The former U.S. president Donald Trump still walks free as of the time of writing. But certain AI-generated photos on Twitter tell a different story. These deepfakes depict a world where one of the most powerful white men in America can be treated like any other citizen, meaning actually be held accountable for his actions. Except they’re not real. Some people believed they were, and that’s alarming for anyone who cares about media literacy.
This weekend, Trump told his supporters that he was expecting to be arrested on Tuesday over allegations of hush money paid to the former porn star Stormy Daniels. To be clear: The case against him exists. The Manhattan district attorney’s office has previously asked Trump to testify to a grand jury. Both legal minds and journalists are still speculating over whether or not he’ll be charged at all. So this whole saga is still far from a done deal. That hasn’t stopped Eliot Higgins, a citizen journalist, from using Midjourney to make these AI generated images of Trump being tackled and chased by the police.
While the original tweet has over three million views, these images have been shared across Twitter, TikTok, and Facebook, often without context or taking them at face value. Twitter hasn’t labeled these images as fake, so some people are having trouble with identifying them as machine generated (One tweet that pointed to this problem garnered over a thousand likes). Facebook is similarly chaotic. Some users chose to disclose the photos’ AI origins, and some didn’t. Many TikToks aren’t disclaiming that the images are AI-generated.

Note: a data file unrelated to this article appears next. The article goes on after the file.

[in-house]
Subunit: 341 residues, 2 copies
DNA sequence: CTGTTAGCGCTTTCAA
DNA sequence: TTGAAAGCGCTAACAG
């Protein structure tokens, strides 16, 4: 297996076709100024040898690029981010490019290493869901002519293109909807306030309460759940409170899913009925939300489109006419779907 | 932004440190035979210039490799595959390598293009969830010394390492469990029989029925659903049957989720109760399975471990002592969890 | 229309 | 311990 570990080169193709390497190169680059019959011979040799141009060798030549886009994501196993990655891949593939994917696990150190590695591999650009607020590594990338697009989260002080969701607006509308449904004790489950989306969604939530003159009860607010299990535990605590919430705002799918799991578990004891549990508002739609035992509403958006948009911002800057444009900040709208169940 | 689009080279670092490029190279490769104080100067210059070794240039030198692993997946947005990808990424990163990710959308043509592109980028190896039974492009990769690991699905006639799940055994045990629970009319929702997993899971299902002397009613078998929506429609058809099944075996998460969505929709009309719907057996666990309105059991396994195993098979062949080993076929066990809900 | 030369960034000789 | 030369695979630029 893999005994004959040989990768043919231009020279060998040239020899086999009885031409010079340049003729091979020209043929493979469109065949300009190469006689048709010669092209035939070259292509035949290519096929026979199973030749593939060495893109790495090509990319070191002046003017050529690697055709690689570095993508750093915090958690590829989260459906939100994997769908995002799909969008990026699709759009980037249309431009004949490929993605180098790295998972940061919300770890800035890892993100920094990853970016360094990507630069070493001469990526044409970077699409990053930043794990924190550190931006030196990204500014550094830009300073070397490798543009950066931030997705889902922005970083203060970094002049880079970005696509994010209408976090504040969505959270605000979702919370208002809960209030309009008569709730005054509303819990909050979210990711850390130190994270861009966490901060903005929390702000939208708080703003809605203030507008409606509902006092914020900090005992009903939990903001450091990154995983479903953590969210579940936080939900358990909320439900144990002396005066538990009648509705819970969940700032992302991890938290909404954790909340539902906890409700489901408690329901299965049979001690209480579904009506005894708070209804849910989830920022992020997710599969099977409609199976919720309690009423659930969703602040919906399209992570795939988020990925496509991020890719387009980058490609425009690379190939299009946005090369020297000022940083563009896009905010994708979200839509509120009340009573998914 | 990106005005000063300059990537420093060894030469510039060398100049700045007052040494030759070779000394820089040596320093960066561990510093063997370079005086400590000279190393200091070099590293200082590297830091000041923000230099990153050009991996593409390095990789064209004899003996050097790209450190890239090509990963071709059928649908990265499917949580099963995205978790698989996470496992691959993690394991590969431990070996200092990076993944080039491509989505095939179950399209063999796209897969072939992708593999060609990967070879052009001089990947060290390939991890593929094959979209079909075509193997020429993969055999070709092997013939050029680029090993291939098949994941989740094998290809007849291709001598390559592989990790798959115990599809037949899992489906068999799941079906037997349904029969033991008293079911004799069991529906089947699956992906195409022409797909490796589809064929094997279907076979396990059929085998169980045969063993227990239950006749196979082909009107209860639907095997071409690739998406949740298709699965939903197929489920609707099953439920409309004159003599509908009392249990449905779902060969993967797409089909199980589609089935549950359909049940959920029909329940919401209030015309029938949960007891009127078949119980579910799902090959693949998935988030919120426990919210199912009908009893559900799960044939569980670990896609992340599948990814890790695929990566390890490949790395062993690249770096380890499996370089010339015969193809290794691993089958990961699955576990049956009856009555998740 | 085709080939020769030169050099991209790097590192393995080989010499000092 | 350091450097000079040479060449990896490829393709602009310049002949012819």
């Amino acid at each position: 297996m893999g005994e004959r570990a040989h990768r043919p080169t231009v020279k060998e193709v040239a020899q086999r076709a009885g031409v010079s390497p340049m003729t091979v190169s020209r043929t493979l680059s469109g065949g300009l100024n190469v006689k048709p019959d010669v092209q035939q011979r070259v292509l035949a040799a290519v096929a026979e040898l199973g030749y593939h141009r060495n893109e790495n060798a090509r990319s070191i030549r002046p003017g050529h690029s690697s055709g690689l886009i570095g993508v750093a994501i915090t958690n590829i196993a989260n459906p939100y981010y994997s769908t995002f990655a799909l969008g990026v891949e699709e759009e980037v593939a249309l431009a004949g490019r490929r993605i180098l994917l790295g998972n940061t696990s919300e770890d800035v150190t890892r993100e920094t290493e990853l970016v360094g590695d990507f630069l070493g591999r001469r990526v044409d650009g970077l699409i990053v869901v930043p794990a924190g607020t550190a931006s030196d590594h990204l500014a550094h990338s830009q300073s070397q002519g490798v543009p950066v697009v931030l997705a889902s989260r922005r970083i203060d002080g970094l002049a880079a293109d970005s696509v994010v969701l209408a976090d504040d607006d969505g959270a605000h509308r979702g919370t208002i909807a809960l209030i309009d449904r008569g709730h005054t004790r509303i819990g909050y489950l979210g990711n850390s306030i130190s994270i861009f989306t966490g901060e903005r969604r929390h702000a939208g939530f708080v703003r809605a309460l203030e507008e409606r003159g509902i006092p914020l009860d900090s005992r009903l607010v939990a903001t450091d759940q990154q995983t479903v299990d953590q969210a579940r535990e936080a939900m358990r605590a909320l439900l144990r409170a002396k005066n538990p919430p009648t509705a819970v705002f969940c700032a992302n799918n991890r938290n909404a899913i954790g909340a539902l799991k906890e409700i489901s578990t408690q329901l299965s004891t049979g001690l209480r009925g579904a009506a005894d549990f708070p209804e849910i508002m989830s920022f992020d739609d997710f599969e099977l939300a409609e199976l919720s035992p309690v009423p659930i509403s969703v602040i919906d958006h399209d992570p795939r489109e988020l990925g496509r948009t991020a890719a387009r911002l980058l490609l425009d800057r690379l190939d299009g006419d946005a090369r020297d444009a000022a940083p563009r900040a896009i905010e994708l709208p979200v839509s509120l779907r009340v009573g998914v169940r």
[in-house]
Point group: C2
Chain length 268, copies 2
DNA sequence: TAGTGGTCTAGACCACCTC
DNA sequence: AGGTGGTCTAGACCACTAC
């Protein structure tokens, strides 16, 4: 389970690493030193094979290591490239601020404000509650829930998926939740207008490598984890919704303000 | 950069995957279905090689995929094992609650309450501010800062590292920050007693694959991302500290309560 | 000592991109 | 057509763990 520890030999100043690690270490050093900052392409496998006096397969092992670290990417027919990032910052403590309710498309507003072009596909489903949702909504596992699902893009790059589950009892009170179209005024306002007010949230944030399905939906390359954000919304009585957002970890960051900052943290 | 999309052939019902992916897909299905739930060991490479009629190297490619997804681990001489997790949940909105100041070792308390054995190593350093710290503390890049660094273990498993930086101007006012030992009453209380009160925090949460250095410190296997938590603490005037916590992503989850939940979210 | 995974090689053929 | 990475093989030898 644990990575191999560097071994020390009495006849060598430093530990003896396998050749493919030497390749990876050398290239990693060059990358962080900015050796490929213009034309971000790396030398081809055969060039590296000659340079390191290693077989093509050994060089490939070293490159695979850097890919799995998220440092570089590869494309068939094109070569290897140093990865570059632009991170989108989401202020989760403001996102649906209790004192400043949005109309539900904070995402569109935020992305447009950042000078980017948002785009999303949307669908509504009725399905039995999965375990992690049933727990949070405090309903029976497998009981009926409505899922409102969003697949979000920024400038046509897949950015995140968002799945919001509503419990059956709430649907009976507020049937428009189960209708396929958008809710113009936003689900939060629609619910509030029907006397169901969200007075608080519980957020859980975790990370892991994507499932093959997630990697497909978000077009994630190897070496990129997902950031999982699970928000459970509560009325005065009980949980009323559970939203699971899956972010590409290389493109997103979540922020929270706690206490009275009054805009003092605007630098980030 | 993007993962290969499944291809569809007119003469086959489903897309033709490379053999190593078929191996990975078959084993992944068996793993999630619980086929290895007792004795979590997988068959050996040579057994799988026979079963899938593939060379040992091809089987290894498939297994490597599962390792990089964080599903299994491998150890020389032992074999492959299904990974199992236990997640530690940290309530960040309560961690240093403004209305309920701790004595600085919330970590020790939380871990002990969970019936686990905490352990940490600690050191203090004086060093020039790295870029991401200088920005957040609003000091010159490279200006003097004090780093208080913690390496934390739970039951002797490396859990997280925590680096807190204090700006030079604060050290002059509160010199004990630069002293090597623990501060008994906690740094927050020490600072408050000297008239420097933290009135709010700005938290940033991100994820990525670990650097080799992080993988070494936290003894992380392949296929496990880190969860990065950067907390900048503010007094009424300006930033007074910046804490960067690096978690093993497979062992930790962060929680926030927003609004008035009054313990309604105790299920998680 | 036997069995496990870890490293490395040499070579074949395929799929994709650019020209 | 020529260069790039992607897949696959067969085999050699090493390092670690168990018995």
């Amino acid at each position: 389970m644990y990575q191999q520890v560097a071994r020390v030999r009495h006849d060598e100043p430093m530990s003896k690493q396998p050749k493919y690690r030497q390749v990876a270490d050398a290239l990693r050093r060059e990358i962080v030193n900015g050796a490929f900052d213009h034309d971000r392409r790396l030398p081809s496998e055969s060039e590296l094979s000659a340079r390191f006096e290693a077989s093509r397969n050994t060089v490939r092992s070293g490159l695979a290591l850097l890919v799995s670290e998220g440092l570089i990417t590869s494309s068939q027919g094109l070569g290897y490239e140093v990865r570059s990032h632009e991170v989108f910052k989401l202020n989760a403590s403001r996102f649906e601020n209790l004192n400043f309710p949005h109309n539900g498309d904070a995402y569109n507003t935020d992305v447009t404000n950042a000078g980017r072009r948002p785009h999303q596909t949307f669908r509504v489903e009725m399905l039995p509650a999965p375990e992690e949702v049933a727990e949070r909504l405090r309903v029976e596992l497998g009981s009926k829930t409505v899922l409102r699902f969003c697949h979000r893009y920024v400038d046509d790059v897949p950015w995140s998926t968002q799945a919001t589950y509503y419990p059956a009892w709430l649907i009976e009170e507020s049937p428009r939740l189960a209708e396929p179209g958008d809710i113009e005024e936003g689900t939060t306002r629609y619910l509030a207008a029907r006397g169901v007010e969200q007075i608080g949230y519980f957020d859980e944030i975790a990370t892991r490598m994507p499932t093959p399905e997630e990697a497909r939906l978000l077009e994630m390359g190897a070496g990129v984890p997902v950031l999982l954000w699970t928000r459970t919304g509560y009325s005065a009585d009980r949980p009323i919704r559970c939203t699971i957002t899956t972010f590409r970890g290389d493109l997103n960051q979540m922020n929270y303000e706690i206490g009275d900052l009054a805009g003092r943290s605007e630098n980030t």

This is a huge problem when right-wing grifters like Ian Miles Cheong are using them to galvanize Trump supporters to action. New York City is already preparing for the former president’s supporters to riot in the streets over a possible arrest. These fake images of their “imperiled” leader just add more tinder to the fire. Kotaku reached out to ask Higgins for a comment, but did not receive one by the time of publication.
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Look, it doesn’t matter if you’re savvy enough to tell whether or not these images are real. Outside of our social media bubbles, large swaths of the country are vulnerable to misinformation and fake news. These images have already made their way to Facebook, a platform with millions of vulnerable users. As long as Americans want a Trump arrest to be real, such images will continue to go viral.